Posted by: patwogan | August 17, 2012

Our Injustice System

I just finished reading Alice Sebold’s book, Lucky.  It made me want to read more, so I also read “Lovely Bones”.  These books jogged my memory of an “incident” when I was in high school.  

  The sister of one of my friends brought rape charges against one of the popular jocks in the senior class.  He came from money and she did not.  He was popular and she was average.  He was good-looking and she was, too.  He was a star football player who had his own car…something a little bit unusual at that time. 

  I don’t remember all the particulars of the when and where although I think it had something to do with a dark make-out area in Riverside Park.  My imagination put the rape at the Lone Chief Cabin, an area far from the more public area of the park.  

  The main thing I remember of the story is that my friend was ostracized because of his sister’s supposed guilt of lying about Mr. Popular Jock.  Of course, the strategy at the time was to shred the reputation of the so-called victim.  The gossip mills soon made the jock the victim.  He got his friends to testify for him at the trial.  They testified that she was an easy mark and undoubtedly asked for it.  I know now that even if it were true that she was easy and even if she had had sexual intercourse with the whole football team, she was allowed to say “No” to Mr. Jock.  I don’t believe she was “easy”.  I believe the cards were stacked against her.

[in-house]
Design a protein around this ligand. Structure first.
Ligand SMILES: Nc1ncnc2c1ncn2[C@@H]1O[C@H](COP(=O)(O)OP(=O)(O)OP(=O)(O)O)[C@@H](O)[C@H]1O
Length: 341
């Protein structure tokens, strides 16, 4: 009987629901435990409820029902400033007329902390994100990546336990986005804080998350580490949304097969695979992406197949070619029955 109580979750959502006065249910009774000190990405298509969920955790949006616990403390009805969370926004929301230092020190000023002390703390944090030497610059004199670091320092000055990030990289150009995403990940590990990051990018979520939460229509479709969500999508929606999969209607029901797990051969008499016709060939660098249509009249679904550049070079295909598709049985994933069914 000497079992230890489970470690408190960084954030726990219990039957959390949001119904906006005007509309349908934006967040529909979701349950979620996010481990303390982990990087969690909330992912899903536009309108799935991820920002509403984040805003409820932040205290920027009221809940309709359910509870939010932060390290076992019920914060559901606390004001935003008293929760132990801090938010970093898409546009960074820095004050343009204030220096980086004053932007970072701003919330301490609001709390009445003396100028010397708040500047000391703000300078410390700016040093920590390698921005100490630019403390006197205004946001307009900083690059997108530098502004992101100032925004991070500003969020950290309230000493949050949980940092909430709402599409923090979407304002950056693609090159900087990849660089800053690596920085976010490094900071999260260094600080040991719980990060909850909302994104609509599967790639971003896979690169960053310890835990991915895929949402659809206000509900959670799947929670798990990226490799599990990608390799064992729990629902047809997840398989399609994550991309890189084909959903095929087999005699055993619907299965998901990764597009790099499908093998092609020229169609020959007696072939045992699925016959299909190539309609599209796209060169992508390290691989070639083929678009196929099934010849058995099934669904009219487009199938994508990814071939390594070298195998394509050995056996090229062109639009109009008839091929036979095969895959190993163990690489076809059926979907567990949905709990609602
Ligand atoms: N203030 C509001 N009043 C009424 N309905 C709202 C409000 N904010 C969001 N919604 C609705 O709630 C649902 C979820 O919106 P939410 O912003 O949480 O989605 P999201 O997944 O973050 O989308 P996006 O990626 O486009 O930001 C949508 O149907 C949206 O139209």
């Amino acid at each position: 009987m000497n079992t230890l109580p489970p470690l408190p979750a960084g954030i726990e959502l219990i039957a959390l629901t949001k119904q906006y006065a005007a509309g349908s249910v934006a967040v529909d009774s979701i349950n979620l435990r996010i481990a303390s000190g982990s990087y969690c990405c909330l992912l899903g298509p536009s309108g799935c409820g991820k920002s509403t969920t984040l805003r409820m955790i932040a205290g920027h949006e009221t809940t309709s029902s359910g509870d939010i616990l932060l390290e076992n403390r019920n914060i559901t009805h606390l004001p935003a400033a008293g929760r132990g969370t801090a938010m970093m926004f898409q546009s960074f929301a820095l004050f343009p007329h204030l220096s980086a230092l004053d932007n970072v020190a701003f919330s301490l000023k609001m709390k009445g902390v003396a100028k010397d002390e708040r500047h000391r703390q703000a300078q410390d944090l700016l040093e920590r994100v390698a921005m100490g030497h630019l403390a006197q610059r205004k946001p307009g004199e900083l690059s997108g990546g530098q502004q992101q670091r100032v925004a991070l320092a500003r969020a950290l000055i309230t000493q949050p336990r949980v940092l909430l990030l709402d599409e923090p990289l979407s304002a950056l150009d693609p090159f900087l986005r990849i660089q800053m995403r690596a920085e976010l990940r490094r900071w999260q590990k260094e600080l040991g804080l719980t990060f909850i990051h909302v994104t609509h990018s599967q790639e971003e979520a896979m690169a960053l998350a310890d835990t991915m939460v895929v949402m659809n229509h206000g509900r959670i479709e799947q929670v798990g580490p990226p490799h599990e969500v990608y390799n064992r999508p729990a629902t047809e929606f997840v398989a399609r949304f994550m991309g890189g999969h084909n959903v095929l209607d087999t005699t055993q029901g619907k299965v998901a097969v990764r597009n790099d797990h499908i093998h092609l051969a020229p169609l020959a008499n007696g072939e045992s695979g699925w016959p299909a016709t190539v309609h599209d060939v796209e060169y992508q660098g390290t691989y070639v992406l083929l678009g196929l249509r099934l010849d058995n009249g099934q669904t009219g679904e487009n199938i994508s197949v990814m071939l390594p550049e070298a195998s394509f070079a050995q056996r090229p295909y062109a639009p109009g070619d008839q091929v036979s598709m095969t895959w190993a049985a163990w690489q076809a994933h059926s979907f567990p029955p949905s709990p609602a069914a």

Probably you have already guessed that he was found not guilty.  He continued going to school at the Community College and his distinctive car was in evidence around town.  He later went to a prestigious college.  She and her family moved away.  

I have no idea what happened to either of them as I also moved away from my home town after graduation.  I have often wondered what happened to both of them and having read Mrs. Sebold’s book, Lucky.  I wonder if the girl had any after effects of the incident.

  In Mrs. Sebold’s book, the rapist is finally brought to justice, but only after a very traumatic trial and an almost total destruction of the victim.  The mention of PTSD in the book reminds the reader that combat is not the only traumatic event. 










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